questions for the social movement post Ferguson

(Washington, DC) The social ferment following the Ferguson verdict looks bigger to me than Occupy, and bigger than the other nascent US social movements that I can recall from personal experience, going back to the 1980s.

That is a subjective impression based on my social networks, personal interests, and preferred news sources, but I have talked to reporters who feel the same way. [link added later.] The unrest taps much deeper and broader concerns than the recent shootings and legal decisions themselves. It is a response to trends as large as the incarceration crisis and the fraught condition of America’s poor communities of color. As my colleague Peniel Joseph writes, “Multiracial, multi-ethnic, multi-class, and multi-generational Americans have swarmed the streets in vast numbers to not only protest against racial injustice but to expose systemic oppression that has been an open secret since the heyday of the late 1960s and early 1970s.” They are developing the “WUNC” elements of a successful social movement that Charles Tilly identified:

  • Worthiness: moral standing in the eyes of the country;
  • Unity: Despite  demographic, ideological, and regional diversity, a sense that participants stand together;
  • Numbers: Marches, die-ins, etc., signify that many people stand together;
  • Commitment: Getting arrested, standing up to speak—these and other actions demonstrate commitment.

Many of my friends are involved in this nascent movement, in body and/or soul, and I see a lot of potential myself. But what I can offer at this moment are some relatively abstract thoughts about the challenges that face such movements in general. (By the way, we should not expect a uniform response to any of these challenges. Internal debates will yield a variety of approaches, and that is healthy.)

1. Participants must decide on their level of diagnosis. Confronted with the Ferguson verdict, some people think the problem is the control that prosecutors exercise over grand juries. Then a solution might involve special prosecutors. A totally different kind of diagnosis says that the problem is racism, as a relatively invariant underlying force in American life. When de jure segregation ended, racism was like a pool of water that needed a new outlet, and mass incarceration followed. In that case, the only solution would be some direct, frontal attack on racism. Many other theories are available, and they are not all mutually exclusive, but they suggest very different strategies. My own view is that social problems can rarely be divided into foundational causes and superficial effects. They are usually complex systems of reciprocal causes. That is an argument against treating the largest available abstraction, such as racism, as the main target. But this is debatable, and it will be debated.

2. Participants must choose a target. Occupy chose Wall Street: that was the original name of the movement. But Occupy never found a way to press Wall Street itself. The institutions that Occupy most effectively challenged were public universities, like UC-Davis, and big cities, like Oakland, where conflicts with the police made the institutions look bad. This was a case, in my opinion, in which one target was chosen but a different one was hit. After Ferguson, the question is again where to direct confrontation and how to make sure that the intended target receives the pressure.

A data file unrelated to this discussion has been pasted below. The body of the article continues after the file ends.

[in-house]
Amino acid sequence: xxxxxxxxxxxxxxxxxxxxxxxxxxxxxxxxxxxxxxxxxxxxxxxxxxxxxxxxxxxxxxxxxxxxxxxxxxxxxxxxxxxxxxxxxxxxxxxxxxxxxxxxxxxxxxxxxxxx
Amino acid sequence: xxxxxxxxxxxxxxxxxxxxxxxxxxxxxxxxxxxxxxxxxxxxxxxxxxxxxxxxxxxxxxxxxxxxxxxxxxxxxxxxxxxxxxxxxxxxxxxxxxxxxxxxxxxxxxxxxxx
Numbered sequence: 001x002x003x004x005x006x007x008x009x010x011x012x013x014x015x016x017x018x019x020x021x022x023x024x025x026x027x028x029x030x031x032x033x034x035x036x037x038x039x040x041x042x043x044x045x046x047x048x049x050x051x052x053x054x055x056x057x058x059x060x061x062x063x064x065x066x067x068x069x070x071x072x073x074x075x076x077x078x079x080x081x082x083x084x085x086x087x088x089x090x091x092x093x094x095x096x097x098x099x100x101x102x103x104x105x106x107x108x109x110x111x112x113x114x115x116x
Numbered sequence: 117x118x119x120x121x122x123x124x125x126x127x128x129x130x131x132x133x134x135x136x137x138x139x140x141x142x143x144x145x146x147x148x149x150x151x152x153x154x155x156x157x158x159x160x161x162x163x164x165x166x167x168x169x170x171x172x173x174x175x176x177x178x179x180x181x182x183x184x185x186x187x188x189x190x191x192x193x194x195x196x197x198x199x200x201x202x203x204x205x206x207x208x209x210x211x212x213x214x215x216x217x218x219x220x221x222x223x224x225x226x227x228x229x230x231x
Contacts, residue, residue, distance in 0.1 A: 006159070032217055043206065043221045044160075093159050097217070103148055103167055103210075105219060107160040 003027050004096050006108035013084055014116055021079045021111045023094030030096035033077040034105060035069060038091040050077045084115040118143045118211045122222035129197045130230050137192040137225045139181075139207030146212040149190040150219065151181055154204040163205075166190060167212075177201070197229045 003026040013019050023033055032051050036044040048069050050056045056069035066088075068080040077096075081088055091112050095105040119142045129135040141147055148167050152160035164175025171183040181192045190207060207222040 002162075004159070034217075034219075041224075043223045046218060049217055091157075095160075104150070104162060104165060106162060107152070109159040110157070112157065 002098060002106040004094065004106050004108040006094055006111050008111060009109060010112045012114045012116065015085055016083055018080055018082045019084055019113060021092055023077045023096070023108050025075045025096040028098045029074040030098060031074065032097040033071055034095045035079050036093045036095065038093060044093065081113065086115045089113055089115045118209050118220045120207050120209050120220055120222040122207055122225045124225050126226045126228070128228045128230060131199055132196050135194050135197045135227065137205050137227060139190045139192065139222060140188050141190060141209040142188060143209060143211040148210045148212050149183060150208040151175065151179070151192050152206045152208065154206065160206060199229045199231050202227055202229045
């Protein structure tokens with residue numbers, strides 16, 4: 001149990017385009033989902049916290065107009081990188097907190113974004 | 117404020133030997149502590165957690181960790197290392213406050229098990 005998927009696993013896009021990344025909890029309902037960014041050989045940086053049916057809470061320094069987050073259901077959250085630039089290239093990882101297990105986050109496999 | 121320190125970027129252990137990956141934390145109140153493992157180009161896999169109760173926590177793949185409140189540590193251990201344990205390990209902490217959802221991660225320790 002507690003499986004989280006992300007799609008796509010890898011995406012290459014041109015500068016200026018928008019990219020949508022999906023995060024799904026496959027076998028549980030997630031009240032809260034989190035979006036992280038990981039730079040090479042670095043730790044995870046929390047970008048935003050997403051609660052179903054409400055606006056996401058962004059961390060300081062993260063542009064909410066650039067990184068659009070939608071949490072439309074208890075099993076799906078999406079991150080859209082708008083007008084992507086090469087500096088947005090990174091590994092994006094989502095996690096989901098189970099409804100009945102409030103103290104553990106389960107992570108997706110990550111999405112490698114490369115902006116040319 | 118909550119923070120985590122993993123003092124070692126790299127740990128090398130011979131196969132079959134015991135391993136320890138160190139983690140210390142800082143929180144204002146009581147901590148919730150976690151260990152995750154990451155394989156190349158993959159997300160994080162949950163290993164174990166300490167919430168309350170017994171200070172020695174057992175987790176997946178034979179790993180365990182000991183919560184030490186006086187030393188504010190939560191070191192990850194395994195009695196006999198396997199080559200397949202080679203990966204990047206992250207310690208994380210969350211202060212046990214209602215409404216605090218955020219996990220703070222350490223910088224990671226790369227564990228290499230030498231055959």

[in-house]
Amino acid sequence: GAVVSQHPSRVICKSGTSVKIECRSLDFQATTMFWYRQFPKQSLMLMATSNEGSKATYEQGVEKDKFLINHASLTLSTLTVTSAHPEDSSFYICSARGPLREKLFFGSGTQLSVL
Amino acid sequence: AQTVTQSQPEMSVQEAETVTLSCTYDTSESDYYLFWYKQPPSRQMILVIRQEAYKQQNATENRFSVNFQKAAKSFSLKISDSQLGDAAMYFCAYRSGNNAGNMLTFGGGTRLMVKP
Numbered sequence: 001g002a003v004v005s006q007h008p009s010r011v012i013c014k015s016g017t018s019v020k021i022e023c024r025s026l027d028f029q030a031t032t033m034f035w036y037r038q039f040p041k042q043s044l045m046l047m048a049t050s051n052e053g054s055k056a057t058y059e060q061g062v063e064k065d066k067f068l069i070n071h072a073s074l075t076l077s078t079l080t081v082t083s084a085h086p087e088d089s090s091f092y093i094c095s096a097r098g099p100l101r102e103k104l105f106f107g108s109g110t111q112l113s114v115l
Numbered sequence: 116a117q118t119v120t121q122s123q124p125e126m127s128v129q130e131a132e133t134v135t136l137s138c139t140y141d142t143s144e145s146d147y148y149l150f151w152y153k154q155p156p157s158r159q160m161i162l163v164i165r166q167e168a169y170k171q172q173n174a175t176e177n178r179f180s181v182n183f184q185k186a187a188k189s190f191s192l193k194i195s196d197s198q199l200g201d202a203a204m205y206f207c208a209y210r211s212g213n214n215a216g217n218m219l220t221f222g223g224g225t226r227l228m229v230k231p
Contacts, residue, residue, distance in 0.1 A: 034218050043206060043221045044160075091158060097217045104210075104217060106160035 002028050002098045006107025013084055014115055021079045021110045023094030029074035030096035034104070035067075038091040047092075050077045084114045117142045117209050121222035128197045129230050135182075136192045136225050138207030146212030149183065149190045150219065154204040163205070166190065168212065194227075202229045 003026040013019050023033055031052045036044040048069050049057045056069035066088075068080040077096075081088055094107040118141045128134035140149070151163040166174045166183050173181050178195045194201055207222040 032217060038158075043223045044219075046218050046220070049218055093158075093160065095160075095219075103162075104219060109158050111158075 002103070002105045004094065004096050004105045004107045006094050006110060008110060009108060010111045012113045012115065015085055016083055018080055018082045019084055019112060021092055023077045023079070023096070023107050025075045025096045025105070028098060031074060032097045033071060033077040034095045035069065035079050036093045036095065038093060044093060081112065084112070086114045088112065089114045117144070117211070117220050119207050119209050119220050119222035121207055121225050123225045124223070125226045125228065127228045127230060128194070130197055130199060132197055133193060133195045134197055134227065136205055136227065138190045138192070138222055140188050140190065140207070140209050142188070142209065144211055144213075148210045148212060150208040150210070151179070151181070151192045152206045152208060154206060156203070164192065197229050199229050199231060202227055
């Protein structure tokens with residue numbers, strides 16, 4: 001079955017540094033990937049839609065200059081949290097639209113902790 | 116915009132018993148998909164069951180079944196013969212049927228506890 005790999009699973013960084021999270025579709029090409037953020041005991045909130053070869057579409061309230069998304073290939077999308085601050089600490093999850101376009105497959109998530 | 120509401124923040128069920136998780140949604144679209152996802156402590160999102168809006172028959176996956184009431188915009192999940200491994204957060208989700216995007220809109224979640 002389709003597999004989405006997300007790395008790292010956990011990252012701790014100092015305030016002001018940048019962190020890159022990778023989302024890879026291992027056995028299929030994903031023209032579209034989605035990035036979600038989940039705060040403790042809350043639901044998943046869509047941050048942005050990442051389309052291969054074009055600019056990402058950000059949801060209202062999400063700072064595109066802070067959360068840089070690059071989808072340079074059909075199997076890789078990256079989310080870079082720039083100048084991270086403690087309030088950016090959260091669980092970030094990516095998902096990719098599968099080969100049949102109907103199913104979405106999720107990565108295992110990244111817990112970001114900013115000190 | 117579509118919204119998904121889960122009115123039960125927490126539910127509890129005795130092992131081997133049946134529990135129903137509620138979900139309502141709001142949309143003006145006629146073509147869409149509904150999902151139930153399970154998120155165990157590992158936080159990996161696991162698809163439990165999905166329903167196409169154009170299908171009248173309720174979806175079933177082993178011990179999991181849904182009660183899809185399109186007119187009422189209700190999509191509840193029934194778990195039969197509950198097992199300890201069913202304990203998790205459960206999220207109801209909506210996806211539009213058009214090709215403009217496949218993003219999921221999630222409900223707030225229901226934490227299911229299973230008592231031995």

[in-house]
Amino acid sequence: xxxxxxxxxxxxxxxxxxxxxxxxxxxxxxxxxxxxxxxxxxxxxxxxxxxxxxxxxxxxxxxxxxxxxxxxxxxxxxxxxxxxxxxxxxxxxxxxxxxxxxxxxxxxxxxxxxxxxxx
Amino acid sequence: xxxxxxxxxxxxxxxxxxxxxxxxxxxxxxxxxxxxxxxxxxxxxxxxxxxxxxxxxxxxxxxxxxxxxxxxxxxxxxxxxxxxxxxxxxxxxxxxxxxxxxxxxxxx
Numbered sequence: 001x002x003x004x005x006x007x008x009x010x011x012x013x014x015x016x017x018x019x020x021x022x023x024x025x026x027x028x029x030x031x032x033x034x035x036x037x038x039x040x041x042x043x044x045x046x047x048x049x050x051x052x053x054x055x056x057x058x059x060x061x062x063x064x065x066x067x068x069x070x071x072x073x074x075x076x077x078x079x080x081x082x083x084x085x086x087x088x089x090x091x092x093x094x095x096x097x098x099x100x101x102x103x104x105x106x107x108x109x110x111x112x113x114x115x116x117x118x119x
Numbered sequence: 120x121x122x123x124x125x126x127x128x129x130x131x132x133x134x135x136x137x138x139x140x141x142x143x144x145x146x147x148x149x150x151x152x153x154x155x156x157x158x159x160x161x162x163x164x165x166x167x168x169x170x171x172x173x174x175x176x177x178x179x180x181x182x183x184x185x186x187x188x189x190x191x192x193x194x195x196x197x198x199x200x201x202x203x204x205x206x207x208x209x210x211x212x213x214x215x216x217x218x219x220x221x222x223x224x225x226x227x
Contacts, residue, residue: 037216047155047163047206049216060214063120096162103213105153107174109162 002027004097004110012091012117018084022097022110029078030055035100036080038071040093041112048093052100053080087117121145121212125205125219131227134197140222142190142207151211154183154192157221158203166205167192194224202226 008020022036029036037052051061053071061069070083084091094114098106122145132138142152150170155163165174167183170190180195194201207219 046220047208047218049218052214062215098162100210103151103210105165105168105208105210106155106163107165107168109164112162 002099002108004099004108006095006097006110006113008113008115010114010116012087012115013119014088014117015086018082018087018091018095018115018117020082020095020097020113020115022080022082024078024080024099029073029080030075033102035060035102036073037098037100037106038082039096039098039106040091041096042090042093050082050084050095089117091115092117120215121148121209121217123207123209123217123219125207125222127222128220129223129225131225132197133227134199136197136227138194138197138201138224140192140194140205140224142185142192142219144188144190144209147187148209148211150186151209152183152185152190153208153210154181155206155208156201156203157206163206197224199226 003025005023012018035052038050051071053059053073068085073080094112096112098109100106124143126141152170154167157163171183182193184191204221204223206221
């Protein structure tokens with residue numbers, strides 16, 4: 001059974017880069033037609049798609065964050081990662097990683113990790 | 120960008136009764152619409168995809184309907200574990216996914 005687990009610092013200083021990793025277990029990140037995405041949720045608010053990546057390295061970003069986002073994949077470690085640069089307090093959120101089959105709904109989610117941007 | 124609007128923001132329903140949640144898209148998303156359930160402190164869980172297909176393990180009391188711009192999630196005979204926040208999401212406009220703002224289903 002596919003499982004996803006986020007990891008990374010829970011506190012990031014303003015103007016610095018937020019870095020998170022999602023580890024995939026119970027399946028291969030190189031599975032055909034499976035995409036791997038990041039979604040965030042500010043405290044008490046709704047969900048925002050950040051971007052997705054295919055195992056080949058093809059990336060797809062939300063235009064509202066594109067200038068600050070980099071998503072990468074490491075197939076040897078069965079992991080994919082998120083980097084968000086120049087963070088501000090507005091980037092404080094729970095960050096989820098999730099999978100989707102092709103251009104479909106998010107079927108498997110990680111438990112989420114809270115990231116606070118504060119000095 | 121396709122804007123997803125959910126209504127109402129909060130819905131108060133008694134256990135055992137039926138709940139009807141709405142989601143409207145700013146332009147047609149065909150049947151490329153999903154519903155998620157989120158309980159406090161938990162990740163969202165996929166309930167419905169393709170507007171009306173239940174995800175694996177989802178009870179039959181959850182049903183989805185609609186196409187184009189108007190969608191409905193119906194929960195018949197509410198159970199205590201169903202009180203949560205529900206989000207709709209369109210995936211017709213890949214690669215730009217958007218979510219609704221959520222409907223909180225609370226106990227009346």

3. Related to the question of diagnoses and targets is the matter of demands. What will the movement call for, and what will it accept?

4. Participants will have to figure out their relationship to formal institutions, such as governments, parties, the mass media, and universities. I have been asked whether I expect the movement to start running candidates or rather to eschew electoral politics because it looks so corrupt and unresponsive. I think it is far too early to say. Social movements often begin in their own spaces, apart from institutions that they perceive as hostile and unreformable. Especially during that phase, it is appropriate for some participants to say that they stand apart from the system. Such statements do not rule out later engagement with formal processes.

5. Participants must demand attention in a competitive space. Social movements typically say that business as usual must stop because their issue is too important to allow regular activities to continue. That is often a valid claim, actually. But it competes against many other such claims. Right now, for instance, a serious case can be made that all Americans must demand criminal prosecution of the torture authorizers during the Bush Administration. Inaction makes us complicit in felonious torture. Not to mention climate change and campaign finance, which just got worse yesterday. Social movements must  claim attention while somehow navigating rival claims.

6. The movement will have to address the usual tensions between prominent leadership and decentralized activism; honoring the heritage of past work while demanding new directions and giving space to young leaders; and staying relatively small and pure versus broadening and potentially losing focus.

About Peter

Associate Dean for Research and the Lincoln Filene Professor of Citizenship and Public Affairs at Tufts University's Tisch College of Civic Life. Concerned about civic education, civic engagement, and democratic reform in the United States and elsewhere.
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